The Senate voted to advance President Biden’s $1.2 trillion infrastructure package on Wednesday, only hours after a bipartisan group of lawmakers finalized the deal.
In a 67-32 vote, the chamber advanced the bill in a crucial test vote. The legislation cleared the 60-vote hurdle with 17 Republicans joining all 50 Senate Democrats.
The pace was quicker than the usually plodding Senate as lawmakers prepared to leave Washington for a month-long summer break.
“I’ve said for weeks that we intend to move two things in July,” Senate Majority Leader Charles E. Schumer, New York Democrat, said of the infrastructure bill and a $3.5 trillion package of social welfare programs.
Mr. Schumer‘s ability to also reach a deal on the $3.5 trillion package, however, was thrown into doubt when Sen. Kyrsten Sinema, Arizona Democrat, withdrew her support because of the huge price tag.
The majority leader moved toward a vote on the infrastructure bill shortly after President Biden and a bipartisan group of Senate negotiators announced a formal agreement. Roughly $550 billion in the $1.2 trillion package would come from new revenue.
More than $110 billion of the new funding would go to roads, bridges and other major projects. More than $40 billion is earmarked for upgrades to airports, waterways and seaports, and more than $55 billion would go to clean water infrastructure, according to an outline of the deal.
The package reflected the priorities of both Democrats and Republicans. Republicans secured more than $65 billion to expand broadband access, especially in rural areas. Democrats got $39 billion for public transit on top of a $66 billion investment in Amtrak.
“This deal signals to the world that our democracy can function, deliver and do big things,” Mr. Biden said. “As we did with the transcontinental railroad and the interstate highway, we will once again transform America and propel us into the future.”
A big selling point for Republicans is that the package accounts for new funding without raising taxes.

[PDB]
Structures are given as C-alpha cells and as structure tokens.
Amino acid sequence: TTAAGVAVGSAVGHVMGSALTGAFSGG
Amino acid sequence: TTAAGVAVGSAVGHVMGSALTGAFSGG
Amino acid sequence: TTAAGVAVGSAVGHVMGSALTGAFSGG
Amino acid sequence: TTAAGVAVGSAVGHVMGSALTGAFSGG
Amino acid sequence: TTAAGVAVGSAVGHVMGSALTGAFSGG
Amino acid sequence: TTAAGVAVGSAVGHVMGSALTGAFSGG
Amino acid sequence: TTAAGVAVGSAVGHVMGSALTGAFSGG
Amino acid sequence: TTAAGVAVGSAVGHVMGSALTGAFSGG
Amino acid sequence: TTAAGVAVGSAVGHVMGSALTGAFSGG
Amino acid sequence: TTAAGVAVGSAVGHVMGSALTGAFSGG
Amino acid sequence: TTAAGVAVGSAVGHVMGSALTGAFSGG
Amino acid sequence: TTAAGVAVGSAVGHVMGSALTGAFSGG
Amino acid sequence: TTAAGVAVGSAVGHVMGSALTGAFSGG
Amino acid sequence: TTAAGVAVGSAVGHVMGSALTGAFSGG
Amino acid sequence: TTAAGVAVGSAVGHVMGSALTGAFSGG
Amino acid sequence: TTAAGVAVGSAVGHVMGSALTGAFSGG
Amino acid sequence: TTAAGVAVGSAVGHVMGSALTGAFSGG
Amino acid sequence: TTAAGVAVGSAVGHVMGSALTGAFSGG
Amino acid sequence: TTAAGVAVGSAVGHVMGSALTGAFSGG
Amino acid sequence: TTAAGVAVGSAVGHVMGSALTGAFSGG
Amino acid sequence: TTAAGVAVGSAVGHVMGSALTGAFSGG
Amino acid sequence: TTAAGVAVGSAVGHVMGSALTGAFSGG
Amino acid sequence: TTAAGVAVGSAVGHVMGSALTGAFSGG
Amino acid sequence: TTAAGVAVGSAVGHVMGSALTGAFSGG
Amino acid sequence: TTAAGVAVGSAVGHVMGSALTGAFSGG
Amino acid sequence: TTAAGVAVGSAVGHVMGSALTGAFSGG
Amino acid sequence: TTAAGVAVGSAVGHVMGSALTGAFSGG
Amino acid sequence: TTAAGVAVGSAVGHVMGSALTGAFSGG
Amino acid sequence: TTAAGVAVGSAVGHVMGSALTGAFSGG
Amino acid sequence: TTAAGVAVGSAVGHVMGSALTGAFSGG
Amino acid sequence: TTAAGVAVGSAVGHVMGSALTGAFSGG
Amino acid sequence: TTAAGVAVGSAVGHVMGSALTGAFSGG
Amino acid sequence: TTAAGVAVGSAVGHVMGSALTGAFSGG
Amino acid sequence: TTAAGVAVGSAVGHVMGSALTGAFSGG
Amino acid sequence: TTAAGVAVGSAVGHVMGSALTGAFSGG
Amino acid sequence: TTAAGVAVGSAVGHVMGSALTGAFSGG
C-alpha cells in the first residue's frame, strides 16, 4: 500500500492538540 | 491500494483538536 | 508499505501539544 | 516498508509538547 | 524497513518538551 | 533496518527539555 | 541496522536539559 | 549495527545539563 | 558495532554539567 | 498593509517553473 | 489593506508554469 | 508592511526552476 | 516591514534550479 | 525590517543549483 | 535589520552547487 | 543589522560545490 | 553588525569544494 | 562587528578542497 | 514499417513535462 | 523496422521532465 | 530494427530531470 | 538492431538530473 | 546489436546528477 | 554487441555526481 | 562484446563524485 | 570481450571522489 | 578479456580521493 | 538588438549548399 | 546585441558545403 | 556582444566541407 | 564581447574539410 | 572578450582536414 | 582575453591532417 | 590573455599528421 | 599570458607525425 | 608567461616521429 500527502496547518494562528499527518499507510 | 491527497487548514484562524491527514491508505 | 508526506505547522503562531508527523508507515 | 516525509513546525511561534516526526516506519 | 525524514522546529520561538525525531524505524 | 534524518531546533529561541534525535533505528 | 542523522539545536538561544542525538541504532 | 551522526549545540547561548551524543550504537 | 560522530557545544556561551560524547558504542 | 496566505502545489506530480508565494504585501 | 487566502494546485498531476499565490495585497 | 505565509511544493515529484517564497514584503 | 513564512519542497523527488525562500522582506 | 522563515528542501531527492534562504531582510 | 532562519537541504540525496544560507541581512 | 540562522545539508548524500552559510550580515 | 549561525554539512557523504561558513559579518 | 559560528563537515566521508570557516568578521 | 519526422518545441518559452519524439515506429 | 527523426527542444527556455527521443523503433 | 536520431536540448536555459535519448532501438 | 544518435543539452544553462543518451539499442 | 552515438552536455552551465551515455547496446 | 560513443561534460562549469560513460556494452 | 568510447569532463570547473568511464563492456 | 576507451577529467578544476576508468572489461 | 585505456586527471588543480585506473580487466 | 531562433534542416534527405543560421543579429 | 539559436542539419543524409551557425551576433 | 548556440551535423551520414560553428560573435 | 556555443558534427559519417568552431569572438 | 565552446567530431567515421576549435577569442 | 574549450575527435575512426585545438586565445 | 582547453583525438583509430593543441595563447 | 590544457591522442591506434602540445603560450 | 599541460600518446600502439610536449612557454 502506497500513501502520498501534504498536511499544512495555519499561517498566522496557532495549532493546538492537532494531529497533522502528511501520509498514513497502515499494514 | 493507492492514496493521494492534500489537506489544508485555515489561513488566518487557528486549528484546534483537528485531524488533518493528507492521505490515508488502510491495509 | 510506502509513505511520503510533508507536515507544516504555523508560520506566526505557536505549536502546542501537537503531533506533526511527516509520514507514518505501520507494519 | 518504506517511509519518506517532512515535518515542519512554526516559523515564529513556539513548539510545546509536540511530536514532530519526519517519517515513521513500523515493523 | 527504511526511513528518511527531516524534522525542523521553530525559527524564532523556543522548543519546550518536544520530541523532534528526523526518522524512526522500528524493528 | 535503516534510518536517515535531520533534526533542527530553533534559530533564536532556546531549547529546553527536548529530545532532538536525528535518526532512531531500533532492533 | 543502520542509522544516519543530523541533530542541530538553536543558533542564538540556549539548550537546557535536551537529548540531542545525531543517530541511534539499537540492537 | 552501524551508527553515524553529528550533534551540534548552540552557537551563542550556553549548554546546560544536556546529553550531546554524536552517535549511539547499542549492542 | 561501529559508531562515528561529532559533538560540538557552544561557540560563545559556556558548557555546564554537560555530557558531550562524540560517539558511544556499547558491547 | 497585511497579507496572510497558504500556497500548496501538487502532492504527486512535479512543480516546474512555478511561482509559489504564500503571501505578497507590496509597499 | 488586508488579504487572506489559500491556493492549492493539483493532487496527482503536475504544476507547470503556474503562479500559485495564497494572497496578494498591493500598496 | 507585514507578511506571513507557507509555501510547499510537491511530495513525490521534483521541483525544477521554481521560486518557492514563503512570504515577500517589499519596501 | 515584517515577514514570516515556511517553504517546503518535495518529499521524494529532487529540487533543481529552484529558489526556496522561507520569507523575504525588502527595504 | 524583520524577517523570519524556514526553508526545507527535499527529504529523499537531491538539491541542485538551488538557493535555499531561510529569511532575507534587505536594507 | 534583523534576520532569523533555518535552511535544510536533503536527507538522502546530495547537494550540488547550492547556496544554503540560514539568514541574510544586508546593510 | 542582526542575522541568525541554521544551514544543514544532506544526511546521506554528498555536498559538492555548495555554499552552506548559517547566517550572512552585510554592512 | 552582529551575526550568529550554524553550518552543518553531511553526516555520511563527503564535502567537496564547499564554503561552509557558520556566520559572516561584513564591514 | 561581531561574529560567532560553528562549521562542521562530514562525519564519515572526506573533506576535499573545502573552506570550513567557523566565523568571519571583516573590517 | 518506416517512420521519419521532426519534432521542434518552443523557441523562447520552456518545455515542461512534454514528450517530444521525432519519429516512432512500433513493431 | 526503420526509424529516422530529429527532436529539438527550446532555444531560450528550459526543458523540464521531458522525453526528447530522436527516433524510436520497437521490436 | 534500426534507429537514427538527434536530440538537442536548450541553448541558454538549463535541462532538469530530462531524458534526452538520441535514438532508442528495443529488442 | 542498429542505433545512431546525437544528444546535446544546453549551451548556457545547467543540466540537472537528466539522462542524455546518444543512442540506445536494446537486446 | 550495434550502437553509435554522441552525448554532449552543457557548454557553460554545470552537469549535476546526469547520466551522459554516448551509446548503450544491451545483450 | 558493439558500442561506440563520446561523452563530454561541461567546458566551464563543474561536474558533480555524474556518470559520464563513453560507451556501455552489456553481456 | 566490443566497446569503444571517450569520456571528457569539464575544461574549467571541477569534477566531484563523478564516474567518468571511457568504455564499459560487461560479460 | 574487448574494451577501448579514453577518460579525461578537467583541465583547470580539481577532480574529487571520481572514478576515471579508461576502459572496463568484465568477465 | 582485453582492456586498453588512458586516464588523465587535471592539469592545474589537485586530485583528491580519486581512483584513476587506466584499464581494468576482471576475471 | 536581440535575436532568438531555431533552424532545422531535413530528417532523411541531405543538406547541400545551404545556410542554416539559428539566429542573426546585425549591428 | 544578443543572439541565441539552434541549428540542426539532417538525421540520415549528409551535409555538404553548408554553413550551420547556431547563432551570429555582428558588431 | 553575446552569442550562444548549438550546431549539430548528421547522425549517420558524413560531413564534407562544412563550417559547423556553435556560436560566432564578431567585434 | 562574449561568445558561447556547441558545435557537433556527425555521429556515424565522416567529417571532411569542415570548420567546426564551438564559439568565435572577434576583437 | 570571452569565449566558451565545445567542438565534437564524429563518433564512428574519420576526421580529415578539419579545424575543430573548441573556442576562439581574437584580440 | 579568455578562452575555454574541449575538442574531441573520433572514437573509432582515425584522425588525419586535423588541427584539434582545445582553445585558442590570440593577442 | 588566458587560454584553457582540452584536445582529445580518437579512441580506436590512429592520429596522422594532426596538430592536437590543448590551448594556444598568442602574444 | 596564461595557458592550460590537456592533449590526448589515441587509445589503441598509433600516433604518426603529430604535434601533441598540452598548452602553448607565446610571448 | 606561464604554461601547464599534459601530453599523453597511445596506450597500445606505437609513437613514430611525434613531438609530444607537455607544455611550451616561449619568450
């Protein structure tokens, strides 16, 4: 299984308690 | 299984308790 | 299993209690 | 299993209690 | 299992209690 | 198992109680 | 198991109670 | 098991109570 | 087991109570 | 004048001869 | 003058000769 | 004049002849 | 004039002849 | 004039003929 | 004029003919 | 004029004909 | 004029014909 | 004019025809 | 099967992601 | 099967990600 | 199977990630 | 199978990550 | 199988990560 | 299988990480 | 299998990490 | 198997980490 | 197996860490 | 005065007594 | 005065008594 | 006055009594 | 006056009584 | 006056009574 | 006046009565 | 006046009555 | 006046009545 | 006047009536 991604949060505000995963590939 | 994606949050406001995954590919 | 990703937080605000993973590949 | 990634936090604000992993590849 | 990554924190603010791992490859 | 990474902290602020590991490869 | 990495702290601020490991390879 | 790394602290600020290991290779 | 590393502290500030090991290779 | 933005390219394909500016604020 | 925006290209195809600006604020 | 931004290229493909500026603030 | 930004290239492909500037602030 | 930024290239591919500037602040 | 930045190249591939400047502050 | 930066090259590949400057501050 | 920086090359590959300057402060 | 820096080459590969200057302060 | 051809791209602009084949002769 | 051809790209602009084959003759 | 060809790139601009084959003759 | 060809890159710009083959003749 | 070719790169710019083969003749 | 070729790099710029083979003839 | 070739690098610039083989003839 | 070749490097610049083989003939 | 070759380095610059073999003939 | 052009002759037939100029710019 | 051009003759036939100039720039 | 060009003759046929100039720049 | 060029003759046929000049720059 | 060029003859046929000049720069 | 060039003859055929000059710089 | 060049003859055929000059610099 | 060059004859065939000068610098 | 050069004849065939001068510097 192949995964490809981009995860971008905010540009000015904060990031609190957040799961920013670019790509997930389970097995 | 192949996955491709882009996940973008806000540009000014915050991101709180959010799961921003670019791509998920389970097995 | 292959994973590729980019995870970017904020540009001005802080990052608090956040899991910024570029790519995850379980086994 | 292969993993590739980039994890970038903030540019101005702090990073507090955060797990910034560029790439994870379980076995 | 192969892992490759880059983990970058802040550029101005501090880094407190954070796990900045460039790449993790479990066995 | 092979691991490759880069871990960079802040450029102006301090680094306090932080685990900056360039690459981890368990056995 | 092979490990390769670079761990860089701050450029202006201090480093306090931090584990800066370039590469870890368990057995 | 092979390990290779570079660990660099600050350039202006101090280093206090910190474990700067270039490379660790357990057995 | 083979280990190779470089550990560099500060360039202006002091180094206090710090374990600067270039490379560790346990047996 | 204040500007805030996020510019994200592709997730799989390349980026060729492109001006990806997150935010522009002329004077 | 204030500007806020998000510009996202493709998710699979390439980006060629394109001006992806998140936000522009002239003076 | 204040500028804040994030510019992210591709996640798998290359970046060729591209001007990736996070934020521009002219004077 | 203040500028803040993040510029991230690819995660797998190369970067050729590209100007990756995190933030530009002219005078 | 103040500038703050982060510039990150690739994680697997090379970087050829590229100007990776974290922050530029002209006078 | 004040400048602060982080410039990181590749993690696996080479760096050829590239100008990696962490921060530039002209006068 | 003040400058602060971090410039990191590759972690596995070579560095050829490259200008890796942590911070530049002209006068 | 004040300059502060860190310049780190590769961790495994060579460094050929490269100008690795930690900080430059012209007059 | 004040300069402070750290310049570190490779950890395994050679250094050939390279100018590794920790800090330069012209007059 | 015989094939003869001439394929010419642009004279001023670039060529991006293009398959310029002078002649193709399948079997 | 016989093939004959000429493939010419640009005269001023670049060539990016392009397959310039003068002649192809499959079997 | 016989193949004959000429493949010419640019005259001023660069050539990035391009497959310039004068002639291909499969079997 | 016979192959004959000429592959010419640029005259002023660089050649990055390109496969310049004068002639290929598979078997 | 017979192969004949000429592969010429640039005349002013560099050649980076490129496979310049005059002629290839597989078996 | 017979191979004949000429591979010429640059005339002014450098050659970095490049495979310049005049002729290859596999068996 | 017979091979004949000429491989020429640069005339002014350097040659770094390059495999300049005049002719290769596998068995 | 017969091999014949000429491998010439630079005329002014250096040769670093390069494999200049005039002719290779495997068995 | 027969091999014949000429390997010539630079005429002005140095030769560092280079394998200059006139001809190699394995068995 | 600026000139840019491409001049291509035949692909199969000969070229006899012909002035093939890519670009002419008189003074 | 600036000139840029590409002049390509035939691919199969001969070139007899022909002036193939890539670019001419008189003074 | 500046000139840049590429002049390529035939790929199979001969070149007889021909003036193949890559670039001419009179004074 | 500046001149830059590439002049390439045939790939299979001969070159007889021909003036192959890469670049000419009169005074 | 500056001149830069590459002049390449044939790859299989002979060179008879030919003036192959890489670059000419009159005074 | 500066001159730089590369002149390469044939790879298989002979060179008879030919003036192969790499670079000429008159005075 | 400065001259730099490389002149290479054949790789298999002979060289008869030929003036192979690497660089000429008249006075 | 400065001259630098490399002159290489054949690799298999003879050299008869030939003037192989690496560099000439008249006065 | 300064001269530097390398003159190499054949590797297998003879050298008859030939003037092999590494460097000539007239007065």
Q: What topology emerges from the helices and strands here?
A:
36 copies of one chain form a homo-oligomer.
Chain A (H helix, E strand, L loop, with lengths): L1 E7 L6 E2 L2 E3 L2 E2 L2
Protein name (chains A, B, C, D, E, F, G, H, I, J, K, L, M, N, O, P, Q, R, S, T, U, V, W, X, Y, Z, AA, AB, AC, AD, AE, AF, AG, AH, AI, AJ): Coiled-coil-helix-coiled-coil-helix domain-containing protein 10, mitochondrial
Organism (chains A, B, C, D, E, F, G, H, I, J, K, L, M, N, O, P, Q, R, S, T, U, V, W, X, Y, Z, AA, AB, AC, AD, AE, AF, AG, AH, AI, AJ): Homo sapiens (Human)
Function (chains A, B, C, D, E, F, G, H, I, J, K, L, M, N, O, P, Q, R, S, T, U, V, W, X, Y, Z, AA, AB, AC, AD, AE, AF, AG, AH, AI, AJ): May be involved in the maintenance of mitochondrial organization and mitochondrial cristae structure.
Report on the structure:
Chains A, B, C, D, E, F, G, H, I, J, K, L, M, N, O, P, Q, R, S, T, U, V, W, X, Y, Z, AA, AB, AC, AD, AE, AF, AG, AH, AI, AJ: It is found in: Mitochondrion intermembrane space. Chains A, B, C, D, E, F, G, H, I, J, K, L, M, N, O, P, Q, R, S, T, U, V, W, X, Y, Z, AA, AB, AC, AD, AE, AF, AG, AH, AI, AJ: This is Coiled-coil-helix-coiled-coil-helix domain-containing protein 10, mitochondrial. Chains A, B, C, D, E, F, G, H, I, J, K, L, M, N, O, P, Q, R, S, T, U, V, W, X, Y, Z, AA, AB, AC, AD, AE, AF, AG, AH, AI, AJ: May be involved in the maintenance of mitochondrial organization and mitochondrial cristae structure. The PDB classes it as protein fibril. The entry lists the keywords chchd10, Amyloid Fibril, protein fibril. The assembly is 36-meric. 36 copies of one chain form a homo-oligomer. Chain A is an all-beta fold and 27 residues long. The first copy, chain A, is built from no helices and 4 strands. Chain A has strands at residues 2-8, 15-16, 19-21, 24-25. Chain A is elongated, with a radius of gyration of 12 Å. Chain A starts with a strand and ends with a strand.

“This is entirely paid for with real money. … It’s all real cash paying for the deal,” said Sen. Mitt Romney, a Utah Republican who helped craft the package.
As such, the deal is likely to garner sufficient support from Republicans to overcome a likely filibuster. To succeed in the Senate, at least 10 Republicans need to join all 50 Democrats to vote for the measure.
Support for the deal came from several Republicans who were not involved in the negotiations and are strong allies of their party’s leadership.
“I am comfortable, at this point, voting yes on the motion to proceed to the measure because I think we need to continue the debate on it and look at opportunities to amend it if it needs amending,” said Sen. Kevin Cramer, a North Dakota Republican who wasn’t part of the negotiating team. “While I can’t say I am going to vote for final passage yet, at this point I think the motion to proceed is appropriate.”
Although the Senate is expected to approve Mr. Schumer’s motion, the package still faces major hurdles.
Senior Democrats, notably committee chairs, are bristling at being cut out of the deal. Many have waited more than a decade for their party to control both the White House and Congress, only to have a bipartisan group of 10 lawmakers take away their hopes of participating in big infrastructure projects.
House Transportation Committee Chairman Peter DeFazio, Oregon Democrat, has said he won’t be a “rubber stamp” for the bipartisan deal. Sources say Mr. DeFazio hopes to amend the bill when it comes to the House to make it more palatable for Democrats.
Further complicating matters is that Democratic leaders have tied the infrastructure package to a $3.5 trillion social welfare bill.
The bigger legislation, which is packed with liberal priorities, is set to pass without Republican votes in a process known as budget reconciliation. It allows some spending and tax measures in order to avoid the 60-vote threshold needed to get past a filibuster and pass with 51 votes.
To succeed, Mr. Schumer needs all 50 Senate Democrats unified and Vice President Kamala Harris to cast the tiebreaking vote.
House Speaker Nancy Pelosi, California Democrat, has pledged not to move the bipartisan infrastructure deal before reconciliation.
It is not clear how Mrs. Pelosi would respond if moderate Democrats in the Senate help kill the big-spending reconciliation package. That scenario became real Wednesday when Ms. Sinema said she wouldn’t vote for it.
“I do not support a bill that costs $3.5 trillion. And in the coming months, I will work in good faith to develop this legislation with my colleagues and the administration to strengthen Arizona’s economy and help Arizona’s everyday families get ahead,” Ms. Sinema said.
While backing off the reconciliation bill, Ms. Sinema remained supportive of the $1.2 trillion infrastructure bill. She has been a key member of the bipartisan negotiating team.
Sen. Bernard Sanders, the self-described socialist from Vermont who chairs the Budget Committee, directly linked the fates of the two bills.
“It is my absolute conviction that you’re not going to have a bipartisan bill unless you have a reconciliation bill of $3.5 trillion,” he said. “The working families of this country, the children of this country the elderly people of this country deserve to have their needs met, and we intend to do just that.”
• Kery Murakami contributed to this report.